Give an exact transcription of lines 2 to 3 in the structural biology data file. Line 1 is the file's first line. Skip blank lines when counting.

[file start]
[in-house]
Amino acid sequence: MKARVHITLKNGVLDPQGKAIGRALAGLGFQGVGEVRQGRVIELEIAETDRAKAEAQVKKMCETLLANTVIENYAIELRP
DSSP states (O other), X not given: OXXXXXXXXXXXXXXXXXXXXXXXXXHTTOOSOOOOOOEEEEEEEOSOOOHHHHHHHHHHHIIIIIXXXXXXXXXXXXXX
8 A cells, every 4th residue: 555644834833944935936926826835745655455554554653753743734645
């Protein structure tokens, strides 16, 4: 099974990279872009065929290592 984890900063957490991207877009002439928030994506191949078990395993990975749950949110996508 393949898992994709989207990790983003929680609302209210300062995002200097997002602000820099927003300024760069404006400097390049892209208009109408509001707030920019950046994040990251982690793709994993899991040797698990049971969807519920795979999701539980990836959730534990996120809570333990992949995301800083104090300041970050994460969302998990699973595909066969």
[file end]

Amino acid sequence: MKARVHITLKNGVLDPQGKAIGRALAGLGFQGVGEVRQGRVIELEIAETDRAKAEAQVKKMCETLLANTVIENYAIELRP
DSSP states (O other), X not given: OXXXXXXXXXXXXXXXXXXXXXXXXXHTTOOSOOOOOOEEEEEEEOSOOOHHHHHHHHHHHIIIIIXXXXXXXXXXXXXX